noun, plural: genomes
(1) The complete set of genetic material in an organism
(2) The total genetic content in one set of chromosomes
According to Oxford Dictionary, the term genome is a portmanteau of the words gene and chromosome.1 However, Hans Winkler, a German botany professor, is the first to use the term in 1920.2 In molecular biology and genetics, the term pertains to the complete set of genetic material in an organism. The genome of eukaryotes is contained in a single, haploid set of chromosomes. The genome of bacteria is contained in a single chromosome whereas the genome of viruses is in the DNA or RNA.
The human genome is made up of approximately 35000 genes, or three billion chemical base pairs. The Human Genome Project, which was an international collaborative project from 1990 to 2003, was intended to identify the genes and the sequences of chemical base pairs in human DNA. However, the project sequenced only the euchromatic regions of the genome and not the heterochromaic regions in centromeres and telomeres.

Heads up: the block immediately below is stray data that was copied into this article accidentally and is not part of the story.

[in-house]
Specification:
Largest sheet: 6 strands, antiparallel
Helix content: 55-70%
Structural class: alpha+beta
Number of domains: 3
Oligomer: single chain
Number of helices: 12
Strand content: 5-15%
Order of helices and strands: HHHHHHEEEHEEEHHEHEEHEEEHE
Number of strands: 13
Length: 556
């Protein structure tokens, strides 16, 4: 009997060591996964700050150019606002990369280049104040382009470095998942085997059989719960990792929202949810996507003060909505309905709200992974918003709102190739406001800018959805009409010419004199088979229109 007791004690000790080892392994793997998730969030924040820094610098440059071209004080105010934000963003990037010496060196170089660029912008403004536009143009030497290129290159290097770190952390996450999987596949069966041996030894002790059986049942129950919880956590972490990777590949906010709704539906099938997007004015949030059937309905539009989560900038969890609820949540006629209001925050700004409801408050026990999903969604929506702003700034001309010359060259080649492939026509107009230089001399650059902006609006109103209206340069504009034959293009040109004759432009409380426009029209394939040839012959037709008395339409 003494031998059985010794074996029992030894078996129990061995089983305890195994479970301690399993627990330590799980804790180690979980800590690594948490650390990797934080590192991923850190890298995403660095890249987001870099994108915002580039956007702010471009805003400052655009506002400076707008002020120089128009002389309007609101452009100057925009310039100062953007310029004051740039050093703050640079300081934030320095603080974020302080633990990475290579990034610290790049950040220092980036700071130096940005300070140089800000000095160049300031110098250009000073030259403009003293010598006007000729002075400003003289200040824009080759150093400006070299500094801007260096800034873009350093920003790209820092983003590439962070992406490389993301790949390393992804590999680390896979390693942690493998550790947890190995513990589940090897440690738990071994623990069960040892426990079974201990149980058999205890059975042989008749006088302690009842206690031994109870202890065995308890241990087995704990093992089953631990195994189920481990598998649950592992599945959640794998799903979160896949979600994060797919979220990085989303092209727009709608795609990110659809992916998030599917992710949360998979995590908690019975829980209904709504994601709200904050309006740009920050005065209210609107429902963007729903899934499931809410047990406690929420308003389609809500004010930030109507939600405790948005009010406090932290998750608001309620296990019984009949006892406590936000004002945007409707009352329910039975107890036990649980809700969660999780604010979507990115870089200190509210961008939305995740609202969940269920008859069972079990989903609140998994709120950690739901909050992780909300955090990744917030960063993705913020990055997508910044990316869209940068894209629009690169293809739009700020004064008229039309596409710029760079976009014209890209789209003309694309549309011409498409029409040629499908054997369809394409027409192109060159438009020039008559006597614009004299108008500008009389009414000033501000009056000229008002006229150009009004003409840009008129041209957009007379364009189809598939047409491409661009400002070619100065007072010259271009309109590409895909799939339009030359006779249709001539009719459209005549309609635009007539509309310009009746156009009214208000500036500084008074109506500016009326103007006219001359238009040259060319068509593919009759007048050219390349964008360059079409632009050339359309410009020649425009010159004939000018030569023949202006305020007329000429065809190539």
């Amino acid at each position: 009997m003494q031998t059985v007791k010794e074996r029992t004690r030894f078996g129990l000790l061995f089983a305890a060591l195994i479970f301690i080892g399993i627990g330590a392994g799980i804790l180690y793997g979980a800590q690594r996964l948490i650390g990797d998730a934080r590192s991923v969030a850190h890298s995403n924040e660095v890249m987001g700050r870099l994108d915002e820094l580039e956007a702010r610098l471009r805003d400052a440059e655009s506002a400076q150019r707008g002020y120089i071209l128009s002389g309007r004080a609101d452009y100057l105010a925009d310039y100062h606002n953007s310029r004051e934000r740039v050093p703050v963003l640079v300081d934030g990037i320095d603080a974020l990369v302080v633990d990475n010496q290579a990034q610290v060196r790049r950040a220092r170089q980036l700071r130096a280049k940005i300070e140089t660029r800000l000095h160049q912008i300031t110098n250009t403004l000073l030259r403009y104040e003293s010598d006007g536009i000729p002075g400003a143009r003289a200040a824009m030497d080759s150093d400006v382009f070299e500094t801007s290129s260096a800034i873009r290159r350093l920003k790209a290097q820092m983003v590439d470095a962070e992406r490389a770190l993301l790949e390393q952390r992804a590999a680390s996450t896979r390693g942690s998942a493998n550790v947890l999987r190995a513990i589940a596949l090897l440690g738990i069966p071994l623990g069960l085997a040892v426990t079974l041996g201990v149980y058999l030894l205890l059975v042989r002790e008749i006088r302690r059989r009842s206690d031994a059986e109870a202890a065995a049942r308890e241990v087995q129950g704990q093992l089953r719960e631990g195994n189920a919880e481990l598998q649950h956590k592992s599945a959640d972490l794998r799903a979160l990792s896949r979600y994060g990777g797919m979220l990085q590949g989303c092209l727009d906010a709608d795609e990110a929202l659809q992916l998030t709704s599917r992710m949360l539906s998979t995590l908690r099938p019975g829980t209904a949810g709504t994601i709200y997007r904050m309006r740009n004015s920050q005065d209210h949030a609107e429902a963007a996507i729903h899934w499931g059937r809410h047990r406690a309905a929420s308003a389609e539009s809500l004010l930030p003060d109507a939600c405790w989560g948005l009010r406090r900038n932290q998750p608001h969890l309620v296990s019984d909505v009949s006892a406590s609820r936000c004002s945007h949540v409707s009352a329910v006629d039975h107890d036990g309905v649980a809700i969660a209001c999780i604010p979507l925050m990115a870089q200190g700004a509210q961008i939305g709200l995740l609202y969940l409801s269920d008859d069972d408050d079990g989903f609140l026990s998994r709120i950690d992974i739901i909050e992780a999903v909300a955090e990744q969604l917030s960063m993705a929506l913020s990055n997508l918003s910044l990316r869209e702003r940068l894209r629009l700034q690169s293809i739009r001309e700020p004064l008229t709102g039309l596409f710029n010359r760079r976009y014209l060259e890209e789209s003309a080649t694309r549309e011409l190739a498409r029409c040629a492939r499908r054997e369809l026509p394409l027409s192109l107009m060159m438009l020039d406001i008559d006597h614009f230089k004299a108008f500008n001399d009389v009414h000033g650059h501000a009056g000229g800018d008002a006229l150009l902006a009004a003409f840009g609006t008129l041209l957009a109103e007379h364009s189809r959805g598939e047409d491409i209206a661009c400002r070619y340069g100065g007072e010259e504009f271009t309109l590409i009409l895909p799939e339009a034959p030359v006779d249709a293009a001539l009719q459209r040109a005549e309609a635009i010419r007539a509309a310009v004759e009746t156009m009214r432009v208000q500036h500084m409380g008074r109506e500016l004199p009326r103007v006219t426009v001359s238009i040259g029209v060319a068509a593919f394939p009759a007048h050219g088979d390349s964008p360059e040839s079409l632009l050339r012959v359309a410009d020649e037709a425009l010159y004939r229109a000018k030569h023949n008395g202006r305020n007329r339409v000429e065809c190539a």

- Genome mapping
- Genome bacterial
- Genome chromosomal
- Genome fungal
- Genome human
- Genome viral
- Genome shuffling
1 Genome. Oxford Dictionary (Online). Retrieved from http://www.oxforddictionaries.com/us/definition/american-english/genome.
2 Winkler, H. L. (1920). Verbreitung und Ursache der Parthenogenesis im Pflanzen- und Tierreiche. Jena: Verlag Fischer.